Democrats launch 'Six for '06' agenda
Party unveils campaign themes, says elections will be about Bush
From Dana Bash and Ted Barrett
Sen. Harry Reid and Rep. Nancy Pelosi, the two top Democrats in Congress, introduce the party's '06 agenda.
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WASHINGTON (CNN) -- The Senate's top Democrat says 1994's "Contract with America," the Republican campaign agenda the year the GOP regained control of Congress -- was an "urban myth."
"The 'Contract with America' didn't accomplish anything," said Senate Minority Leader Harry Reid, D-Nevada. "(It) didn't change the election at all."
Republicans signed the 10-point plan with fanfare on the steps of the Capitol before they took control of the House for the first time in 40 years.
Yet, even as Reid dismissed the "Contract with America," he and other Democrats were promoting their own election-year document of six broad legislative goals, called "Six for '06."
Democrats insist most of this year's campaigns -- 75 percent -- will be a referendum on President Bush.
But they also realize they have to give voters a reason to vote for them, not just against Republicans.
"It's closing the deal," said New York Sen. Chuck Schumer, chairman of the Democratic Senatorial Campaign Committee.
The document, which carries the title "A New Direction for America," is a brief compilation of six themes Democrats have been pushing in various ways all year:
"This 100 days is about drilling in the different direction we as Democrats will take this country," said Illinois Rep. Rahm Emanuel, chairman of the Democratic Congressional Campaign Committee.
Republicans: Democrats are 'flailing'
Brian Nick, spokesman for the National Republican Senatorial Campaign, said Democrats are "flailing in their desperate attempt to demonstrate that they have a plan and are unified."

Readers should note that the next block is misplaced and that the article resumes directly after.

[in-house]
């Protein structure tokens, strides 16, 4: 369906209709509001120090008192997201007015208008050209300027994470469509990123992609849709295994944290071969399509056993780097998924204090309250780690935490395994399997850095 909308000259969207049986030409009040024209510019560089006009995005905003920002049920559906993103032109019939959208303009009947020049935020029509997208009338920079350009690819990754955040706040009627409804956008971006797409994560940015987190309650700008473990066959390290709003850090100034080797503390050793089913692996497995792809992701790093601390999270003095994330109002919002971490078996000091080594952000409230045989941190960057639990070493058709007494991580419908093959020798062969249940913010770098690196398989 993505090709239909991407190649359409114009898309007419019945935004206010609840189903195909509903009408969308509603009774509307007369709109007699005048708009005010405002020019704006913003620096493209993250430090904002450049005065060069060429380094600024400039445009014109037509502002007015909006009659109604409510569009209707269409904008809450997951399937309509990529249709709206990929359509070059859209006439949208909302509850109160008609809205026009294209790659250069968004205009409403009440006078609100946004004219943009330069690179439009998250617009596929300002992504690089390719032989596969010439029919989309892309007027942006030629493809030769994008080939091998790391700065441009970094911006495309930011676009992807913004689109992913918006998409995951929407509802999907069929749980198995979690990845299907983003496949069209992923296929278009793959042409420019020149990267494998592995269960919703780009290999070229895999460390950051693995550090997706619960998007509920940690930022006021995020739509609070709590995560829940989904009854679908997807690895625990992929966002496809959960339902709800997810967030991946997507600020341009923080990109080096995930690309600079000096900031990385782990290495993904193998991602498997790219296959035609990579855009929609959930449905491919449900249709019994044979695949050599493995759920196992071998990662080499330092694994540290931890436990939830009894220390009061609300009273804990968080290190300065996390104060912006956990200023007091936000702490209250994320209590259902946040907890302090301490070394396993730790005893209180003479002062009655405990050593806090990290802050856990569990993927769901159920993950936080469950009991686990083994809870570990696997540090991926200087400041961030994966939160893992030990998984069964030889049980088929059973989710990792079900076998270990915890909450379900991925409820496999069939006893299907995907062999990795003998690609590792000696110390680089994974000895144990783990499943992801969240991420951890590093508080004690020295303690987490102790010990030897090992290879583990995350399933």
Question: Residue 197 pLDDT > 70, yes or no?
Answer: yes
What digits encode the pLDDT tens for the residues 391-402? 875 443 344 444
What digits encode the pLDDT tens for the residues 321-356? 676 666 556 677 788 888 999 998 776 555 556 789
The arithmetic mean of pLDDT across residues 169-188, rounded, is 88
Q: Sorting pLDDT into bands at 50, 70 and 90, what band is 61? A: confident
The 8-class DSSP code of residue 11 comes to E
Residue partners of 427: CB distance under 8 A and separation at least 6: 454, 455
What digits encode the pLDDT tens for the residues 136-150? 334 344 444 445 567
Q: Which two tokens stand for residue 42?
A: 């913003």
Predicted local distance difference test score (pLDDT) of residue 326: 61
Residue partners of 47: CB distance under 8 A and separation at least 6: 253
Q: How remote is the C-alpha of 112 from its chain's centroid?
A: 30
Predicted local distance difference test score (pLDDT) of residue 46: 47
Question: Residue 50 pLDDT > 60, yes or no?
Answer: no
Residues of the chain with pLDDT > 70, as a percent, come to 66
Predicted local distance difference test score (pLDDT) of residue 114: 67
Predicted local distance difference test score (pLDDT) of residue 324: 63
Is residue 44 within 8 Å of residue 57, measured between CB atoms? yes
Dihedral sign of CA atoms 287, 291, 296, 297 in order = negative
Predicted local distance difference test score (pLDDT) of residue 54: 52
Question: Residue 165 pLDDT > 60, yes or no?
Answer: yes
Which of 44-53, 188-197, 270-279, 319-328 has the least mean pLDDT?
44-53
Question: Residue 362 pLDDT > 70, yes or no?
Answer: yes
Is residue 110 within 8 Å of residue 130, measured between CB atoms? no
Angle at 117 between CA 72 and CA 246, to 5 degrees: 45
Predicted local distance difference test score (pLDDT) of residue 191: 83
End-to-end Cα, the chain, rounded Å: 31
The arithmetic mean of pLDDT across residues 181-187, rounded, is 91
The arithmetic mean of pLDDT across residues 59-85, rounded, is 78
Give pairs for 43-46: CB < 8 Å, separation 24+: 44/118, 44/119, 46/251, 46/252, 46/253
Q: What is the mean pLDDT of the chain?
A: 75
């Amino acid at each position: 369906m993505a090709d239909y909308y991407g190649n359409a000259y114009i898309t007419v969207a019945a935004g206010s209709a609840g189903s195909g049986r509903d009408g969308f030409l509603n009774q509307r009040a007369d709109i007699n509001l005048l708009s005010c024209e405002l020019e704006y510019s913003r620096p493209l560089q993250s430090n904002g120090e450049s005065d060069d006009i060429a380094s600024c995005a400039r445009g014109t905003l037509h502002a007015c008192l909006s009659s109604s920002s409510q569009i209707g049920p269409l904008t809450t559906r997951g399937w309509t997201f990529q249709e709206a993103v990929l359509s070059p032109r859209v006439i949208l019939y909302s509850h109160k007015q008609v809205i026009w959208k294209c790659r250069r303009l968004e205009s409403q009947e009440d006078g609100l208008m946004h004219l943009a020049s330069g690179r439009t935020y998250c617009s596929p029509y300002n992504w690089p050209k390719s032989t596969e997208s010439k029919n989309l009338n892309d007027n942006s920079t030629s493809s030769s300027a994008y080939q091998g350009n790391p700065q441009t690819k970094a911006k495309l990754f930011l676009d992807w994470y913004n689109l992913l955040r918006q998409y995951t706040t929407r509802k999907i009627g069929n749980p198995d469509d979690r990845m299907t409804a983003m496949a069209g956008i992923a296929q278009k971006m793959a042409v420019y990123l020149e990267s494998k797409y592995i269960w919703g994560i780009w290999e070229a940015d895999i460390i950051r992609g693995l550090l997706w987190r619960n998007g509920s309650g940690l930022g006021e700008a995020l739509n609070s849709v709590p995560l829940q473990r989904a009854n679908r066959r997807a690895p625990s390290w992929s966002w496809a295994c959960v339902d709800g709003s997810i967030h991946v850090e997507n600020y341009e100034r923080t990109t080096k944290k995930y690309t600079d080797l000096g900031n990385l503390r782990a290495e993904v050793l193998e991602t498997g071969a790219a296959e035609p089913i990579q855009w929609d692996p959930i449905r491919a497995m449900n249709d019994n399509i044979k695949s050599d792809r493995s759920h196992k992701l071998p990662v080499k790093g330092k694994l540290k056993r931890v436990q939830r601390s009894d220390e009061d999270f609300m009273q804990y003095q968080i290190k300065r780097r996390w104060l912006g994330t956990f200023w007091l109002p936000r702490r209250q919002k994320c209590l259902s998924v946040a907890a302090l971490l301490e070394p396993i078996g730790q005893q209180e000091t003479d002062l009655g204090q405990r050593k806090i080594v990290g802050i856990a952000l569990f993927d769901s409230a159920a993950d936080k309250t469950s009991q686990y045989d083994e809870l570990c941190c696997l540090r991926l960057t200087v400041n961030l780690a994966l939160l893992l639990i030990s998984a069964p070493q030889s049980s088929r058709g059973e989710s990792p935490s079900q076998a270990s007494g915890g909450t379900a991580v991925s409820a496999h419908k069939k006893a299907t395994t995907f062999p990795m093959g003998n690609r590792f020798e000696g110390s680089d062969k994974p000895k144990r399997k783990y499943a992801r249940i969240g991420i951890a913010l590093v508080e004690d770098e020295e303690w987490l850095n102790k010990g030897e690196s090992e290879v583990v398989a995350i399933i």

"Their plan is really to raise taxes, increase spending and weaken important tools that protect Americans in the war against terror," he said.
Absent from the Democratic proposal is the catchphrase "culture of corruption," which Democrats constantly used against Republicans after the Jack Abramoff lobbying scandal. It became less prominent after some Democratic lawmakers' legal troubles made headlines.
But Schumer insisted it will be "woven through" their overall push for change in Washington.
After having a joint lunch to discuss campaign strategy during the August congressional recess, House and Senate Democrats rallied in a park across the street from the Capitol and tried to portray an air of confidence and momentum.
"We don't see anything down the road that is really in our way in terms of doing well," Schumer said. "The wind is at our back."
Emanuel said that their polls show 12 Democratic candidates currently ahead of Republican incumbents.
However, neither he nor Schumer would predict how many seats Democrats will pick up. They need 15 seats to take control of the House.
At a meeting with reporters at the Democratic Senatorial Campaign Committee headquarters, Democratic leaders unveiled a Web video with clips of the president saying "stay the course" interspersed with graphics such as "gas prices at an all time high."
They played the video on a small laptop in the front of the room full of reporters because, they said, they couldn't find a screen projector.
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